Effects of topography on structuring species assemblages in a subtropical forest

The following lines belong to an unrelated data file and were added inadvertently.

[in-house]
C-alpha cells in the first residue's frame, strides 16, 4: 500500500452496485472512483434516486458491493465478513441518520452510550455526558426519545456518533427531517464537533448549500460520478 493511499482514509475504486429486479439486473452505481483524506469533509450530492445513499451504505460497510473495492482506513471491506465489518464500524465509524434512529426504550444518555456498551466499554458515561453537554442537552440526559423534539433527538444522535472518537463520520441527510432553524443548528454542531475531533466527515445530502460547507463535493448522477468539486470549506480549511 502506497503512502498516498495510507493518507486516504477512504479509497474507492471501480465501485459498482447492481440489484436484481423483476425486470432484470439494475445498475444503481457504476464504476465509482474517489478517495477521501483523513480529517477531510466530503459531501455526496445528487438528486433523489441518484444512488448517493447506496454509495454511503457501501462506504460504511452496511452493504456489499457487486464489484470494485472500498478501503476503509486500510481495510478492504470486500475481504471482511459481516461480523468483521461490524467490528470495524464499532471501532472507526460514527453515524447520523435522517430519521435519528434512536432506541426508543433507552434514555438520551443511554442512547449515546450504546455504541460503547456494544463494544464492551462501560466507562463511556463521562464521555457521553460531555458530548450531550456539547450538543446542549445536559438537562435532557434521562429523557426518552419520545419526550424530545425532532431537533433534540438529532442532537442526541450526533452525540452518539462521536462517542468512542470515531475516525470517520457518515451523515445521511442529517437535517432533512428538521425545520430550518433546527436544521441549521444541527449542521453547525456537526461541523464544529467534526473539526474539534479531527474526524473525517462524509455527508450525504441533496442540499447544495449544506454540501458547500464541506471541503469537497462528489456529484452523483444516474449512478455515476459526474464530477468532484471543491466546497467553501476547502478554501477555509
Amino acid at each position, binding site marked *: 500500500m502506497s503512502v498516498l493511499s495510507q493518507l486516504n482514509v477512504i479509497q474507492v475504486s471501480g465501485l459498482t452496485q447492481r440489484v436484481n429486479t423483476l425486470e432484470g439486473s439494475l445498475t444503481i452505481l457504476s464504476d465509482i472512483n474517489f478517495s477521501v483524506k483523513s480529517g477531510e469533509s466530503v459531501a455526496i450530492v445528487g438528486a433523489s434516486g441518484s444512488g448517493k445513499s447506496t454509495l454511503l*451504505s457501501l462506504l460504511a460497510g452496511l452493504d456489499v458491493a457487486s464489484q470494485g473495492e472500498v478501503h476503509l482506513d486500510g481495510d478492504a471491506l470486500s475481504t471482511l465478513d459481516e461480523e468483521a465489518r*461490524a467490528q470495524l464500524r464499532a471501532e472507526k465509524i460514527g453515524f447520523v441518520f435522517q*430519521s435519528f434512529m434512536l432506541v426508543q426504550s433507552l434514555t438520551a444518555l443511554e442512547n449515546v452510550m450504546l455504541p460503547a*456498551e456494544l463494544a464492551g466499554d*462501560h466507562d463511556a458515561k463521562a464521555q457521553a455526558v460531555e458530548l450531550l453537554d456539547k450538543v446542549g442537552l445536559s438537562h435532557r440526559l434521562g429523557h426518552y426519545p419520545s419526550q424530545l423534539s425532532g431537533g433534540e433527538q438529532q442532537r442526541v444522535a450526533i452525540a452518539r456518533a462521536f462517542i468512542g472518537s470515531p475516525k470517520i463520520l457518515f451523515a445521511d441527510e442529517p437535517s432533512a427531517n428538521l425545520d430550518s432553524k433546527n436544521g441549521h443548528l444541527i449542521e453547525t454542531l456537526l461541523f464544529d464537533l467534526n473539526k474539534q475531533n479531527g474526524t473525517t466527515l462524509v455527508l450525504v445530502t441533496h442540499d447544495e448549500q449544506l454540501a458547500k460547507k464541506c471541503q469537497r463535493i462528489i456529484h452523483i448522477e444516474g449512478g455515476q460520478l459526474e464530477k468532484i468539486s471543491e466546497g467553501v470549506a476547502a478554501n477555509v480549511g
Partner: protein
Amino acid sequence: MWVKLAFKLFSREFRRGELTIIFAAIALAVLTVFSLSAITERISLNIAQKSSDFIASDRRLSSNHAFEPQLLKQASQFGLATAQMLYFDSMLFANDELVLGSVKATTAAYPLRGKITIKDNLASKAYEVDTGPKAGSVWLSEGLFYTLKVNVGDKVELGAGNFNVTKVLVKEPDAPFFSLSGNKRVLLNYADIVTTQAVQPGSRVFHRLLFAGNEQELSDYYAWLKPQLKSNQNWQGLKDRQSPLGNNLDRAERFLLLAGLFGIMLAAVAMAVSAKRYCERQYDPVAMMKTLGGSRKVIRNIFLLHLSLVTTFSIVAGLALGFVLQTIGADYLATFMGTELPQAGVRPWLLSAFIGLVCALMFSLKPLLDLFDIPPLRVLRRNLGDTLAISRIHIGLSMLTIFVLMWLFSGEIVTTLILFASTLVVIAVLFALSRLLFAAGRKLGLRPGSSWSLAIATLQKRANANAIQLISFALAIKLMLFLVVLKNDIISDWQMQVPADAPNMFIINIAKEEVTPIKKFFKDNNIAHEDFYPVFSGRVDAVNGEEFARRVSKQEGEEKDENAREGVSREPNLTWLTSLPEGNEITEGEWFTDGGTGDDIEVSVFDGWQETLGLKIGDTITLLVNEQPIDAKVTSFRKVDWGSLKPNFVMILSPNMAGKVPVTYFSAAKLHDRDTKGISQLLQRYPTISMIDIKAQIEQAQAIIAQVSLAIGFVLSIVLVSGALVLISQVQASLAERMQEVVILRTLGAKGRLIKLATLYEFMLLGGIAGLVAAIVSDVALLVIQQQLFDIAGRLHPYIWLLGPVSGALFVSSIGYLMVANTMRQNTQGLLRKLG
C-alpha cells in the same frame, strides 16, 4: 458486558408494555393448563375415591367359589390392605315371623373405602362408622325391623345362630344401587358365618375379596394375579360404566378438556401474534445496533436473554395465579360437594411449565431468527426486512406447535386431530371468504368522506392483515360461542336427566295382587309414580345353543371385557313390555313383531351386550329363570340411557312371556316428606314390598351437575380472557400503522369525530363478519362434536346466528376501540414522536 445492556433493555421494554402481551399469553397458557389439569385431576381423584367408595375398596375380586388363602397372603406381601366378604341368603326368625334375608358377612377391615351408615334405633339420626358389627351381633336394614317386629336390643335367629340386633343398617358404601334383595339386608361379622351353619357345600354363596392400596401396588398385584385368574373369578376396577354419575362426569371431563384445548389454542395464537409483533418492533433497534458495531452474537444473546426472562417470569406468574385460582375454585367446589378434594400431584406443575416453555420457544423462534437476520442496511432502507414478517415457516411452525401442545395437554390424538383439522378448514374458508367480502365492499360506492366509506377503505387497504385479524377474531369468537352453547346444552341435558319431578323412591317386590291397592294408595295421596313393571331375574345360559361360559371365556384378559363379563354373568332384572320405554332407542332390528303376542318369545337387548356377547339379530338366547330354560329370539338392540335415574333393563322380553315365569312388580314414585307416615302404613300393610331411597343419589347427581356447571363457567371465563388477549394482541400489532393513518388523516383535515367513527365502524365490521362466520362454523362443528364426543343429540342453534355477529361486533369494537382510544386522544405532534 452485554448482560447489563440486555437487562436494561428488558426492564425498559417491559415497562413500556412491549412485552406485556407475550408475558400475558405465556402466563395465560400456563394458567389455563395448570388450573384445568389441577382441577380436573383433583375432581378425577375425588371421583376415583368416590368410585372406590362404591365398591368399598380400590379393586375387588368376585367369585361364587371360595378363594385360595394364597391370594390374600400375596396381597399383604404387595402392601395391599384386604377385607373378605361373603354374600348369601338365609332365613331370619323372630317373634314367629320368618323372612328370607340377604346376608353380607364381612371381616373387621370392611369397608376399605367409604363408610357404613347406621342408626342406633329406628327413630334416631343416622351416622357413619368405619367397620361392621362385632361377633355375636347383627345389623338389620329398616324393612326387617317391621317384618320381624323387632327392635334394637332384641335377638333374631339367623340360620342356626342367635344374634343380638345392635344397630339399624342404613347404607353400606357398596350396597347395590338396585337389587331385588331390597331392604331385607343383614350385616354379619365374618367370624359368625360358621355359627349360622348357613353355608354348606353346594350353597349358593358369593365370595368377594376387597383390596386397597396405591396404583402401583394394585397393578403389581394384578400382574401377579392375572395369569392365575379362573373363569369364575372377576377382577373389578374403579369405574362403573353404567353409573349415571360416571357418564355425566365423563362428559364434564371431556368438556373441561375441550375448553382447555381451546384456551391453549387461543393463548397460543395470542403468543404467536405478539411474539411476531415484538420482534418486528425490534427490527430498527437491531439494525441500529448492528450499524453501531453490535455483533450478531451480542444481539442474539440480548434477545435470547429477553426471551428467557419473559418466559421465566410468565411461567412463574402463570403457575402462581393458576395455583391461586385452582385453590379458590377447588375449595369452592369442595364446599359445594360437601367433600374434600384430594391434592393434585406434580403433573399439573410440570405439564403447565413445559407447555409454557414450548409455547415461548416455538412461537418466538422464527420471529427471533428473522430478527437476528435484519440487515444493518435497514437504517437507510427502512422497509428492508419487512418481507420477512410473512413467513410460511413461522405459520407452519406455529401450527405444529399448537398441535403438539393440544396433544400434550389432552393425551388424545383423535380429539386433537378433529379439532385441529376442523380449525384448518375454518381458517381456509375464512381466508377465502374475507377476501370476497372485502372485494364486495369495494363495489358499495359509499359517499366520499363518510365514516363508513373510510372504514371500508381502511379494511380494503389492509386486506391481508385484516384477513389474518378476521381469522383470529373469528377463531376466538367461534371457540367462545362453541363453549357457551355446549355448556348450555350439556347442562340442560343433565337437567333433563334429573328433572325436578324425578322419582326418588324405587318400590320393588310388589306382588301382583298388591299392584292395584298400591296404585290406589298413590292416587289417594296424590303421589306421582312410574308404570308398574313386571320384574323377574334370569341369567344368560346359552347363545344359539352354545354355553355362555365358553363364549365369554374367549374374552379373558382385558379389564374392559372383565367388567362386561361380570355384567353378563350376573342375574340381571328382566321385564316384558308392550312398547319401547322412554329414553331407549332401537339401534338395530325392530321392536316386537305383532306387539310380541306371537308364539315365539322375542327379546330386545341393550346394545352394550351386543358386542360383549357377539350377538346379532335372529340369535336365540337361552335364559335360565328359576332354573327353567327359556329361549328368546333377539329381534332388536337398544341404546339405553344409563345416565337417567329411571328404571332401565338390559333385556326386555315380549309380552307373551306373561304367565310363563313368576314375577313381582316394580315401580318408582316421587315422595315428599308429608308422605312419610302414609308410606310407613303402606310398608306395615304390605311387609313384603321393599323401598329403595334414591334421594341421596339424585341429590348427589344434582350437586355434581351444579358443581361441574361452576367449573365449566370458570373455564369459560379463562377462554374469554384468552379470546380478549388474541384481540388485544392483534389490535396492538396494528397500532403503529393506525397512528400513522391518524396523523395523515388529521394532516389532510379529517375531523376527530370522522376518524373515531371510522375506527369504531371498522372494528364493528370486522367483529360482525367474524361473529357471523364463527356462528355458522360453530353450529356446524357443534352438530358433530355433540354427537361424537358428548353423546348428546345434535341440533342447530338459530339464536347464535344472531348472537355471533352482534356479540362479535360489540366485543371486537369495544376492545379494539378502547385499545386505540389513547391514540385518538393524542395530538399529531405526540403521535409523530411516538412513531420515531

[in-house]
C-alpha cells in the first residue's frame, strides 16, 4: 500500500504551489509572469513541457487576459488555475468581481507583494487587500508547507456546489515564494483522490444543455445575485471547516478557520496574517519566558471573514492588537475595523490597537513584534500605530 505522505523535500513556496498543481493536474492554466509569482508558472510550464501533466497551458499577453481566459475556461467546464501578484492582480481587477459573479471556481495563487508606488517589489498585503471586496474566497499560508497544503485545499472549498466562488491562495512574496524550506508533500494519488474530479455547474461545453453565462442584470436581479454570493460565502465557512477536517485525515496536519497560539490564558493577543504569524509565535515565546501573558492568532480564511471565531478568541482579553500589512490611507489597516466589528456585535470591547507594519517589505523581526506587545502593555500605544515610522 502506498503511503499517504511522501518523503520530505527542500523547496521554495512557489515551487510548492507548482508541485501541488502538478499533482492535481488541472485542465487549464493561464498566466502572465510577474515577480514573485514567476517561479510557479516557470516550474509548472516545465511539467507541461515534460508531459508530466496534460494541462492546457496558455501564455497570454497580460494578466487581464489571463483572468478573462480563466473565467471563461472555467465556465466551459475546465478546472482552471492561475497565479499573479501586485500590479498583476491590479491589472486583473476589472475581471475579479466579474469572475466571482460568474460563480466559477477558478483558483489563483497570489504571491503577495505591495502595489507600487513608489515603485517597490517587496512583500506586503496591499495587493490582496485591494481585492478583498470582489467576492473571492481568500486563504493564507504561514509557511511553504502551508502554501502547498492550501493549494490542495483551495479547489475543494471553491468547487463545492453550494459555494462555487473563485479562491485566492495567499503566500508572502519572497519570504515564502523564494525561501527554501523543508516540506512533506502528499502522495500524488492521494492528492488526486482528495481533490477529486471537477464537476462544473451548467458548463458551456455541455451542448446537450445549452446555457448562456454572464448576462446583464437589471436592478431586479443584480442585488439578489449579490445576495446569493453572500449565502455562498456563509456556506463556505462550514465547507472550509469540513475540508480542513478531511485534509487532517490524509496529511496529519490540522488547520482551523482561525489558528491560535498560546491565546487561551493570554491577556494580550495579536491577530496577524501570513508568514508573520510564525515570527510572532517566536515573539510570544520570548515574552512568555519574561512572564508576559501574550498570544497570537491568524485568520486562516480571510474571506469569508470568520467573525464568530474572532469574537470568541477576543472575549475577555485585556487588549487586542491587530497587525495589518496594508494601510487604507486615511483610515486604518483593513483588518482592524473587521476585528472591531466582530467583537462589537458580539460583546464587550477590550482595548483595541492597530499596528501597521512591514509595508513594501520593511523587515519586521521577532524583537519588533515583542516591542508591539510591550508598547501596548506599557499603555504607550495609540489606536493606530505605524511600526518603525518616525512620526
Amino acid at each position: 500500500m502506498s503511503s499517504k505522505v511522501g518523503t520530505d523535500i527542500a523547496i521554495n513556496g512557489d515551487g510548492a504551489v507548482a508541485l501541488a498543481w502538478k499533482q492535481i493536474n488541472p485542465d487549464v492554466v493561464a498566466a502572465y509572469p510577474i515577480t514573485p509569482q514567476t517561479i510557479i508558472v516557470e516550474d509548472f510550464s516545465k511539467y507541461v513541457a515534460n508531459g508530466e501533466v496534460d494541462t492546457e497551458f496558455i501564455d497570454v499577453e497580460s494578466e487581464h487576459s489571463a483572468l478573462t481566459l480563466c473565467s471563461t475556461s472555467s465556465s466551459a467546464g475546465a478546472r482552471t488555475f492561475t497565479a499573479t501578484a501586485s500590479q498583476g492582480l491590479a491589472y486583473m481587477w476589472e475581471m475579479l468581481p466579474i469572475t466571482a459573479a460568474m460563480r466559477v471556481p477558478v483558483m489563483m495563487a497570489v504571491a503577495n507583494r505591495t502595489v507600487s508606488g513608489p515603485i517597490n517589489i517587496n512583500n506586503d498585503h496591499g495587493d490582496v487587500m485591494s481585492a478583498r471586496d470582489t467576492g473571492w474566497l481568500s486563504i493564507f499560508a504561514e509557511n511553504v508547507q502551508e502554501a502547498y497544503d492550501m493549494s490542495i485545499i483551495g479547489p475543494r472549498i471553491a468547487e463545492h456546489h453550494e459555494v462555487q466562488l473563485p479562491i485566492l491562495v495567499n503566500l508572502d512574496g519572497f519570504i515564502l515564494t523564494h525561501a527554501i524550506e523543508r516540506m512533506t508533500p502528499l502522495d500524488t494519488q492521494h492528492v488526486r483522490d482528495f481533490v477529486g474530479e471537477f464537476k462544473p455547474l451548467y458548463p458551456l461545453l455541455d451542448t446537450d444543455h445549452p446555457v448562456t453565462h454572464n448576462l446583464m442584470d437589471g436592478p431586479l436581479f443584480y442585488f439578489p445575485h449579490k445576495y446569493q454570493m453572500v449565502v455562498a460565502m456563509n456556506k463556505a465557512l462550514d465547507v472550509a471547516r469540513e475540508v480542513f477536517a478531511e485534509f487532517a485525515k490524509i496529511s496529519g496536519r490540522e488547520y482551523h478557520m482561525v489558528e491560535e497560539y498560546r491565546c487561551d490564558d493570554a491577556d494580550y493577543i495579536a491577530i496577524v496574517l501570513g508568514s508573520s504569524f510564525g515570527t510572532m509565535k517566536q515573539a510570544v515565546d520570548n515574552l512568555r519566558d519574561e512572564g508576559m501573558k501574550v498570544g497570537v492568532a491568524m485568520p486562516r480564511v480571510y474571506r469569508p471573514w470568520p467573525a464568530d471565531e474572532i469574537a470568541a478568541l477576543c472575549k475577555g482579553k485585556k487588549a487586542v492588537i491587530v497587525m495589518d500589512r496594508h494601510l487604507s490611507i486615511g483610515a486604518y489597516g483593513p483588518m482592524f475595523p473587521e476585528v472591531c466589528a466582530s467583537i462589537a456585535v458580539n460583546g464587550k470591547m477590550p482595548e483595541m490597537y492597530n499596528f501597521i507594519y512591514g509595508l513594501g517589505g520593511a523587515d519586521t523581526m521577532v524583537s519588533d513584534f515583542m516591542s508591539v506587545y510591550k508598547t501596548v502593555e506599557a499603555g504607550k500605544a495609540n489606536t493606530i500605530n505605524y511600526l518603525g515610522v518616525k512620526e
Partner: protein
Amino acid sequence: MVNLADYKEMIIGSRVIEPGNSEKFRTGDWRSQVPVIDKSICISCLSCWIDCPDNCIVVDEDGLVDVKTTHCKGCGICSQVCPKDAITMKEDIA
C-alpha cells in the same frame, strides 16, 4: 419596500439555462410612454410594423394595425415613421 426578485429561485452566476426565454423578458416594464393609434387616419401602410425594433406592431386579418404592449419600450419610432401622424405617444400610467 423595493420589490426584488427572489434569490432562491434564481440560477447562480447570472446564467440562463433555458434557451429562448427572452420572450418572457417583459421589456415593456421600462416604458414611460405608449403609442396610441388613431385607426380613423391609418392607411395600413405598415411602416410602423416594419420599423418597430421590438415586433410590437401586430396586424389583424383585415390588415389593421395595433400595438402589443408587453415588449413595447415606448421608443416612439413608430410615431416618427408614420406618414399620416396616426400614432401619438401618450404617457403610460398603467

Aims: Topography has long been recognized as an important factor in shaping species distributions. Many studies revealed that species may show species-habitat associations. However, few studies investigate how species assemblages are associated with local habitats, and it still remains unclear how the community-habitat associations vary with species abundance class and life stage. In this study, we analyzed the community-habitat associations in a subtropical montane forest. Methods: The fully mapped 25-ha (500 x 500 m) forest plot is located in Badagongshan Nature Reserve in Hunan Province, Central China. It was divided into 625 (20 x 20 m) quadrats. Habitat types were classified by multivariate regression tree analyses that cluster areas with similar species composition according to the topographic characteristics. Indicator species analysis was used to identify the most important species for structuring species assemblages. We also compared the community-habitat associations for two levels of species abundances (i.e. abundant and rare) and three different life stages (i.e. saplings, juveniles and adults), while accounting for sample size effects. Important Findings: The Badagongshan plot was divided into five distinct habitat types, which explained 34.7% of the variance in tree species composition. Even with sample size taken into account, community-habitat associations for rare species were much weaker than those for abundant species. Also when accounting for sample size, very small differences were found in the variance explained by topography for the three life stages. Indicator species of habitat types were mainly abundant species, and nearly all adult stage indicator species were also indicators in juvenile and sapling stages. Our study manifested that topographical habitat filtering was important in shaping overall local species compositions. However, habitat filtering was not important in shaping rare species' distributions in this forest. The community-habitat association patterns in this forest were mainly shaped by abundant species. In addition, during the transitions from saplings to juveniles, and from juveniles to adults, the relative importance of habitat filtering was very weak.